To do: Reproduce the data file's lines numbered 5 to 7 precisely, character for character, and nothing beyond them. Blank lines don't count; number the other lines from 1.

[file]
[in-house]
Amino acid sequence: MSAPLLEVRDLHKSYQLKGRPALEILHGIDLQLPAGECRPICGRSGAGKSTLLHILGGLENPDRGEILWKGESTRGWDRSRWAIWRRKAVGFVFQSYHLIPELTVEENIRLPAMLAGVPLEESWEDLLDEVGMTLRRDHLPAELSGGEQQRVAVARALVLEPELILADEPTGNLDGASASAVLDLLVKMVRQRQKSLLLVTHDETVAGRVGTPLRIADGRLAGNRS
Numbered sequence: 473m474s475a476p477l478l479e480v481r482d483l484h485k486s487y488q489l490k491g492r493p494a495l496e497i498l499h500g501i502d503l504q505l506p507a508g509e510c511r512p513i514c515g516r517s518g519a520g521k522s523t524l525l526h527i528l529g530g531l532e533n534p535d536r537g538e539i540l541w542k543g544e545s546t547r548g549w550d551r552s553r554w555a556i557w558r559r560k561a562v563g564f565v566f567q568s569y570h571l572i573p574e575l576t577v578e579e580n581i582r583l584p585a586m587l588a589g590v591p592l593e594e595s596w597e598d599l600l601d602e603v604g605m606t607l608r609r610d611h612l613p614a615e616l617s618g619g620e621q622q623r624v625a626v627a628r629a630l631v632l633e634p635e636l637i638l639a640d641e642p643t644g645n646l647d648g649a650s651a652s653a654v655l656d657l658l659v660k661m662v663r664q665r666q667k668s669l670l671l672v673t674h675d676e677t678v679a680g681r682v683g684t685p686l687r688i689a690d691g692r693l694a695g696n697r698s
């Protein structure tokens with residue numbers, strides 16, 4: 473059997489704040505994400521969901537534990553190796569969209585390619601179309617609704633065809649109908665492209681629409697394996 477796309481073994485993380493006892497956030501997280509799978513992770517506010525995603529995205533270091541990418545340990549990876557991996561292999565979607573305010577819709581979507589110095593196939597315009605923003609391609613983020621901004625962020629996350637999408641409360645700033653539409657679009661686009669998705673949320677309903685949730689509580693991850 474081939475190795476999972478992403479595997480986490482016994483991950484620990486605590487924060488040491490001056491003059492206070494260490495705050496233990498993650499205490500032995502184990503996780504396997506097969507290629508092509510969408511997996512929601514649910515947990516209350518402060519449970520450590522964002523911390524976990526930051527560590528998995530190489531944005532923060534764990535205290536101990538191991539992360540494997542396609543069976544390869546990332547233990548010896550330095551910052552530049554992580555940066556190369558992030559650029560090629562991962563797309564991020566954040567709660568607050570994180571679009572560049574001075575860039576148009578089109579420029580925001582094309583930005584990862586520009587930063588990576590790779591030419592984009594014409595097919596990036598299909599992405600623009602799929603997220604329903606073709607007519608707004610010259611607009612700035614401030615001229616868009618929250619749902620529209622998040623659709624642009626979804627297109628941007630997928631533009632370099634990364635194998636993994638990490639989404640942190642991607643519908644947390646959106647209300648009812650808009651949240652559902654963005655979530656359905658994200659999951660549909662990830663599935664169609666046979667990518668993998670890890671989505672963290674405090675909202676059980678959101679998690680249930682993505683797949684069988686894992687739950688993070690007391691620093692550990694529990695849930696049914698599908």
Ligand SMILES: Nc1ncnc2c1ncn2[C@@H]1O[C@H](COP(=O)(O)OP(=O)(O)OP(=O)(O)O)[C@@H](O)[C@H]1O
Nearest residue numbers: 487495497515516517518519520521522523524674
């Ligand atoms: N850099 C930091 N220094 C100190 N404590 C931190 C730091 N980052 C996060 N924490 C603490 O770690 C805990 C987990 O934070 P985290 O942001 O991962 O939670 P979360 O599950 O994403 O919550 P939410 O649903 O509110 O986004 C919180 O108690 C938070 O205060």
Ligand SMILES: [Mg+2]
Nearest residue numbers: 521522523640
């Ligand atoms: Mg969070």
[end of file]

Ligand SMILES: Nc1ncnc2c1ncn2[C@@H]1O[C@H](COP(=O)(O)OP(=O)(O)OP(=O)(O)O)[C@@H](O)[C@H]1O
Nearest residue numbers: 487495497515516517518519520521522523524674
């Ligand atoms: N850099 C930091 N220094 C100190 N404590 C931190 C730091 N980052 C996060 N924490 C603490 O770690 C805990 C987990 O934070 P985290 O942001 O991962 O939670 P979360 O599950 O994403 O919550 P939410 O649903 O509110 O986004 C919180 O108690 C938070 O205060």